van Ruisdael's "Portuguese-Jewish Cemetery, Ouderkerk, nr Amsterdam. #general


Celia Male <celiamale@...>
 

I have just been on a busman's holiday. I planned to
visit the Jacob van Ruisdael exhibition at the Royal
Academy, London and to attend a short lecture, as a
break >from Jewish genealogy and housework. To my
surprise and delight, the lecture was mainly about
this picture [the one >from the Dresden Art Gallery]:
http://tinyurl.com/jy3qh

NB: the first lines of the text are misleading; the
famous cemetery, now a shadow of its former self, is
in the Netherlands. It was a real treat to see this
famous painting. Its near twin [not quite as
evocative?] is in Detroit: http://tinyurl.com/hyfan

Goethe was so impressed, that he wrote an essay about
the picture: < http://taimur.sarangi.info/archives/41 >
Constable also regarded the picture highly. It was
painted in 1655, some 40 years after the cemetery was
founded, and is largely allegorical and includes an
imaginary landscape.

This article discusses some of the famous people
buried there, the present state of this once glorious
cemetery and attempts to restore it. The documentation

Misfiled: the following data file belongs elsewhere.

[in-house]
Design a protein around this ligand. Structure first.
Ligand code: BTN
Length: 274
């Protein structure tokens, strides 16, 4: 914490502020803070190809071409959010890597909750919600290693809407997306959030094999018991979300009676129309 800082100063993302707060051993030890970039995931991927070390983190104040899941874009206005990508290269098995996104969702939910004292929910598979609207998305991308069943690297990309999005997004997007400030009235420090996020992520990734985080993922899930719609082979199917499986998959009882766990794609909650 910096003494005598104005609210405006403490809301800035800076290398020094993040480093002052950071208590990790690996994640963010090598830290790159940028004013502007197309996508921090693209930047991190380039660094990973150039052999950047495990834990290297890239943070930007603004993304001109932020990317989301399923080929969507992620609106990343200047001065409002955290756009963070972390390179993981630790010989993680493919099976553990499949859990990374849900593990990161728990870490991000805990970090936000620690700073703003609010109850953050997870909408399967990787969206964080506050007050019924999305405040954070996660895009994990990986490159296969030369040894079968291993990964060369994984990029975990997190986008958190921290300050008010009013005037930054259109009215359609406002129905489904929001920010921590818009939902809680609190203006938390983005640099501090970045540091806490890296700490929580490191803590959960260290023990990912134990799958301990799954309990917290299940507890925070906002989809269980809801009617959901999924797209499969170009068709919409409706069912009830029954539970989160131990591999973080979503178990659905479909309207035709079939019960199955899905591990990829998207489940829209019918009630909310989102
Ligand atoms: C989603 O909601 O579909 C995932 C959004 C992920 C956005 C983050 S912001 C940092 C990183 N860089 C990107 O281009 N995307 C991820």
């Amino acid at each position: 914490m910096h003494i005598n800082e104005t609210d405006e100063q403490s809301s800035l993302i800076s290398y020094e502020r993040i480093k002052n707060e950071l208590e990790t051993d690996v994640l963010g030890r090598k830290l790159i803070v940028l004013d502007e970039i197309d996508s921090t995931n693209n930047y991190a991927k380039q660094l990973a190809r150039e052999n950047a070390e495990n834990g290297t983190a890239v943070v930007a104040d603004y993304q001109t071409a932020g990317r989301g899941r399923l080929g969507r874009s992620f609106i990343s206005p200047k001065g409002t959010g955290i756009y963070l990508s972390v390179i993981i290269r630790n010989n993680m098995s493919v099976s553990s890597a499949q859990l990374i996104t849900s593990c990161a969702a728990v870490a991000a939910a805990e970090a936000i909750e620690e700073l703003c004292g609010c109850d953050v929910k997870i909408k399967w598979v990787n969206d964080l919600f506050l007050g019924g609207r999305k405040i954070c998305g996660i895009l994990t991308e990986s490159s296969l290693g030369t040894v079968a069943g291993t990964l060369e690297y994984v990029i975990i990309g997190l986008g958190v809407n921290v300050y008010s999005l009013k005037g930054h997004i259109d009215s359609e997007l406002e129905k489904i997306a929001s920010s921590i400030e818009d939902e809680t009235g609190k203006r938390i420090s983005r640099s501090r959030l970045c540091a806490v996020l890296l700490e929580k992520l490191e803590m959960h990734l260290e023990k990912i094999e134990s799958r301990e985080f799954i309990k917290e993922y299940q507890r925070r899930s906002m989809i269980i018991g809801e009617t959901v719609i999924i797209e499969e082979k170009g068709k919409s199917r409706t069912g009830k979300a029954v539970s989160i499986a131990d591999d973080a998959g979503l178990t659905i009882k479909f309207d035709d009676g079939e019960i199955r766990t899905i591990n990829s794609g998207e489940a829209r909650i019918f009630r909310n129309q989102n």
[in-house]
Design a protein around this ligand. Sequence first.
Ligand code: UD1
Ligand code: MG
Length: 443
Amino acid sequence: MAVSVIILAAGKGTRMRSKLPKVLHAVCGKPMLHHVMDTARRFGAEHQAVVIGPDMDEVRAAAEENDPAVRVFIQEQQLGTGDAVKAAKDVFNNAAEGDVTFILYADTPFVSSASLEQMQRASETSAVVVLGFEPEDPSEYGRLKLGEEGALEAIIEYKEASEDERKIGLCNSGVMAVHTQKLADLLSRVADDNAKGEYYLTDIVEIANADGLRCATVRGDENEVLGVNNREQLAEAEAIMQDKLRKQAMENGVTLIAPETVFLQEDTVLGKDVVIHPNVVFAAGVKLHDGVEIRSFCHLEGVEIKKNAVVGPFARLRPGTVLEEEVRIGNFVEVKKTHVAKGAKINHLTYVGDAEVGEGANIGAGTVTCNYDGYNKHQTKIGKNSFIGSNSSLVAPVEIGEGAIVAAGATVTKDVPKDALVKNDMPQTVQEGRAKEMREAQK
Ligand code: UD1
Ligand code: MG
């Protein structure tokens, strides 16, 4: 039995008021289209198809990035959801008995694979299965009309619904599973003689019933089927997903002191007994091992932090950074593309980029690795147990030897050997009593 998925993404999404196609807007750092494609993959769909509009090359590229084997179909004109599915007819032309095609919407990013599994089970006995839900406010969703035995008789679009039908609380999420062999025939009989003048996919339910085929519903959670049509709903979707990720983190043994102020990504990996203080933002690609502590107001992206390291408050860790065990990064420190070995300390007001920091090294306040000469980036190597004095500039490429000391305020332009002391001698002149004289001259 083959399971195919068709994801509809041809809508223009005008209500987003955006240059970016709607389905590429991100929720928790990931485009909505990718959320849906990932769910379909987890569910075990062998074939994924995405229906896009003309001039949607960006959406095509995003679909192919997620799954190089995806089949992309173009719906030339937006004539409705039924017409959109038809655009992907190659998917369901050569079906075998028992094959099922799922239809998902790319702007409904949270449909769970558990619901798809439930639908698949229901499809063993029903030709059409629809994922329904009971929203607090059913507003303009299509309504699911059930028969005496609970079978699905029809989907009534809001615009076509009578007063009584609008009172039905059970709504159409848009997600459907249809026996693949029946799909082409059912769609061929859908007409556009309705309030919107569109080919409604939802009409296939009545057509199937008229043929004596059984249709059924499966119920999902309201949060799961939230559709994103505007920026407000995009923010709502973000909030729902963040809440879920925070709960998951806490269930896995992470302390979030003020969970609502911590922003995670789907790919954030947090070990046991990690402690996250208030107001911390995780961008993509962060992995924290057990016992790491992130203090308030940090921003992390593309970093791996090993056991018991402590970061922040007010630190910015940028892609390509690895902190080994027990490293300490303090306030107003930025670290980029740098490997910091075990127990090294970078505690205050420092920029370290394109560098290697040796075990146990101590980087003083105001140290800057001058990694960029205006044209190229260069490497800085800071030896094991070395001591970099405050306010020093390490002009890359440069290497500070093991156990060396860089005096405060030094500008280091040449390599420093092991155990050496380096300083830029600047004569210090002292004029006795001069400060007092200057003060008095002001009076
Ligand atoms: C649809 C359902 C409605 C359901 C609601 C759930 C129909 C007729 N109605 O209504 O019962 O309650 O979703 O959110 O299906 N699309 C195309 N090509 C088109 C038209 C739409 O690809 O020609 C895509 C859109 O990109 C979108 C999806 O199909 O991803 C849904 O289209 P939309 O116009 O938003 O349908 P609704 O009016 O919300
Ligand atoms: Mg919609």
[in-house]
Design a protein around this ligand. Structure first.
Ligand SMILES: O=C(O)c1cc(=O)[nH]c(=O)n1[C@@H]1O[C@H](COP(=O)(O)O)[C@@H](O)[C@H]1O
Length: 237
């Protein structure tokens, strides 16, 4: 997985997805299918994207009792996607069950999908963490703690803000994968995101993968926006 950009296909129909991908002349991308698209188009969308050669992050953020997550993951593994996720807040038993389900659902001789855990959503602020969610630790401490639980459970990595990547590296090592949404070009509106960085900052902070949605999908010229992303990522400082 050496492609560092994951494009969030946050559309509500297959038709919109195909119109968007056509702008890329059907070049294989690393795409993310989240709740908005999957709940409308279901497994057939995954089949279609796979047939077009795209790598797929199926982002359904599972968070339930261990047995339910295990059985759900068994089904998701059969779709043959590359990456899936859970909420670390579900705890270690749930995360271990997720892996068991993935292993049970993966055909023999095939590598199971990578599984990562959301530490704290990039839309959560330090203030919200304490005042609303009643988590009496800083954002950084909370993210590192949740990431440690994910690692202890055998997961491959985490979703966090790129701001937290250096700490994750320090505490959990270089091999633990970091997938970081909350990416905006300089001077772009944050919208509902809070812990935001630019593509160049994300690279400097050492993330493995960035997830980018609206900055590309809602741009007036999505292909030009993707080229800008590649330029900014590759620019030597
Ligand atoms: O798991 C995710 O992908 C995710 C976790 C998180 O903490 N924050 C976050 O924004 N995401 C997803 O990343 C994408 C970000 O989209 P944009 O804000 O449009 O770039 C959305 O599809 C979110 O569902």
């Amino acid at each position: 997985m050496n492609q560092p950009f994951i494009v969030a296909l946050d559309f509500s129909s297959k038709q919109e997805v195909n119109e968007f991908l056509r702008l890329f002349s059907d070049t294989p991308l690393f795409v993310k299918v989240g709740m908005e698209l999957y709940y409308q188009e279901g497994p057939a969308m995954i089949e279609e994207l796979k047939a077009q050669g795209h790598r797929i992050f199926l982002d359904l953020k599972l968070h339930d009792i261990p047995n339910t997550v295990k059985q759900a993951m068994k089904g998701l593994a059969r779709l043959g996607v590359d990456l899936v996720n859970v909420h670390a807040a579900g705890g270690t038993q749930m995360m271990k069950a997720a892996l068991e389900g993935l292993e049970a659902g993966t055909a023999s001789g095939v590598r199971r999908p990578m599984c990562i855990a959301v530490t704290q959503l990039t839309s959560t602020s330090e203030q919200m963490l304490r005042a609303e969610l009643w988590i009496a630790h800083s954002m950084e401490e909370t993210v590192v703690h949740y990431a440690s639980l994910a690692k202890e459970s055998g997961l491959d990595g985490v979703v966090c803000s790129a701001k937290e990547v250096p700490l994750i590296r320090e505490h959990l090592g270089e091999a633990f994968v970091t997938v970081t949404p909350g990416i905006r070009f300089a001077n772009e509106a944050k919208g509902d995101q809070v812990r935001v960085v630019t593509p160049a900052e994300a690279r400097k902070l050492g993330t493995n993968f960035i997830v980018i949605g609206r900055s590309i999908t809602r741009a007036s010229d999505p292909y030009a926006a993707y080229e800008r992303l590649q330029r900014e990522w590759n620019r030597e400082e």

of the graves by David Henriques de Castro is also
discussed: < http://www.bethhaim.com >

This Jewishgen site also discusses the cemetery under
"Amsterdam": < http://tinyurl.com/h53mj >

You will note the impressive tomb in the centre of the
picture - here is the amazing story behind it and it
is **definitely worth reading**! It is that of Doctor
Philotheus Eliahu de Luna MONTALTO [aka as Felipe
Rodrigues de Castelo Branco.] Maria de Medici in
Florence, where Dr MONTALTO was a respected practising
physician, arranged for his body to be embalmed after
his death in 1616 and sent to Ouderkerk for burial:

http://www.medici.org/news/dom/dom042002.html

Our young lecturer, however, did not know this most
fascinating part of the story.

Celia Male [U.K.]

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